Harold from Ickworth sent me an enquiry about pension annuities this week, writes Nick Plumb.
He wrote: “I read in the newspaper that the Financial Services Authority are looking at the issue of Annuity Purchase and people not taking up an Open Market Option when they retire. What is the Open Market Option and why are the FSA concerned about it?
Before answering Harold’s question, it is important to understand exactly what an annuity is, as many people I speak to are not sure where annuities fit into the ‘retirement picture’. In the UK, the words ‘pension’ and ‘annuity’ are often interchanged, but they don’t actually mean the same thing.
When you save money for retirement you will put it into a pension. That can be a company pension scheme or a personal pension. If you have a personal pension or a ‘money purchase’ company scheme, when you retire, you will usually need to buy an annuity with your accumulated fund. An annuity is an income for life that is purchased from an annuity provider or insurance company, using your pension fund. It can be purchased with the entire pension fund or it can be from the funds remaining after a tax-free cash lump sum has been taken. If you take the tax-free cash option, the maximum you can take is 25% of the fund value. The remainder buys the annuity.
So, when you hear someone say ‘I’m 82 and I’m getting a pension paid every month’ what they really mean is that they are 82 and they are getting an annuity paid every month. It’s a bit like saying you are ‘running the Hoover round, when you are actually using a Dyson.
You can choose to have your annuity income paid on a level or escalating basis, to have a spouse’s or widow’s pension paid after your death, and you can even build in a guarantee period ensuring that the full amount would continue to be paid to your spouse or estate if you died within that guarantee period. However, there is a cost to all these ‘bells and whistles’ and any features added to the annuity will reduce the amount you receive at outset.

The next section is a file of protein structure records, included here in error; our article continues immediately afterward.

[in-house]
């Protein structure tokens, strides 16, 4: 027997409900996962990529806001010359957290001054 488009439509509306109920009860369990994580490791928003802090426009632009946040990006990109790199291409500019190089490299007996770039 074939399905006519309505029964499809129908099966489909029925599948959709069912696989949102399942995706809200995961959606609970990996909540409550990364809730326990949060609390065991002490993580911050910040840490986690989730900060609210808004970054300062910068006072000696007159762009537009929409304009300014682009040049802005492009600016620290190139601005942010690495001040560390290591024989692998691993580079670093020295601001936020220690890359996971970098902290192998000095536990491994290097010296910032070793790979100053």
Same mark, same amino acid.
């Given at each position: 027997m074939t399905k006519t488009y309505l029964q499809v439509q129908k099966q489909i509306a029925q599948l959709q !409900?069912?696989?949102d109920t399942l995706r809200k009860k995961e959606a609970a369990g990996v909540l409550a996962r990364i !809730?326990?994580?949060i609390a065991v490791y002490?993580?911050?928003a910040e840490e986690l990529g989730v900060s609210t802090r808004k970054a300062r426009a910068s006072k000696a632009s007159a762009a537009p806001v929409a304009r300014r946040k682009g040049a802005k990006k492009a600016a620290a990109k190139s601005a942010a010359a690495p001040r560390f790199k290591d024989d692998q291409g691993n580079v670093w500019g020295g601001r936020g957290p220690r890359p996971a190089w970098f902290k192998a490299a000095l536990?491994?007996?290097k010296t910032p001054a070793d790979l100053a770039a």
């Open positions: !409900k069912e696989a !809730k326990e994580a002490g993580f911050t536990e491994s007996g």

The Open Market Option
Contrary to popular belief, you do not have to buy your annuity from the same company that you have saved into a pension with. You therefore need to establish whether your annuity should be purchased from the company you already have your pension fund with, or whether you should transfer your funds to another company and buy your annuity from them.
This is called exercising your Open Market Option.
It is quite common to find that the company your pension is with may not have the best annuity rate. If you ask your Independent Financial Adviser to investigate this for you, you could find that the rate you can get elsewhere could be up to 30% more than that offered by your existing pension provider.
This is what the FSA are looking into, because some companies do not make it clear that you have this choice, or they make it easier to just sign their forms and send them back. In many cases, that can mean that the annuity you receive will be lower than you could have obtained elsewhere.
Enhanced and Impaired Life Annuities
There is an added benefit of ‘shopping around’ for a better annuity rate if you suffer any form of ill-health. If you have a serious medical condition, you may be entitled to an Impaired Life Annuity because of your state of health and reduced life expectancy. Even if you suffer from conditions controlled by medication and diet, like high blood pressure or diabetes, or if you are a smoker, you may be entitled to an enhanced annuity that is considerably higher than the standard annuity rate.
It has been estimated by a leading provider of enhanced and impaired annuities that 40% of pension annuitants could benefit from these higher rates, but currently only 4% actually do so. Most people just don’t realise that this option is available to them, and they simply accept what is offered by their existing pension provider.
At Plumb Financial Services, our ‘At Retirement’ specialist, Beverley Baxter, will research the entire annuity marketplace to find our clients the best possible annuity rate. Beverley regularly obtains annuity uplifts of over 20% when compared to the rates offered by an existing pension provider. If you are just coming up to retirement, it could pay you to take independent advice on your own annuity purchase options before you commit to accepting what might be a lower income for the rest of your life.
- Nick Plumb is an Independent Financial Adviser and Practice Principal at Plumb Financial Services. Post your questions to Nick at Plumb Financial Services, Baylham Business Centre, Lower Street, Baylham, Suffolk, IP6 8JP, e-mail email@example.com, or telephone Nick on 01473 830301. Nick’s opinions and views in this column are provided only as a general guide and do not constitute personal financial advice. Any readers who require advice should contact Nick to arrange a complimentary initial consultation to discuss their own position and requirements. Plumb Financial Services is regulated by the Financial Services Authority.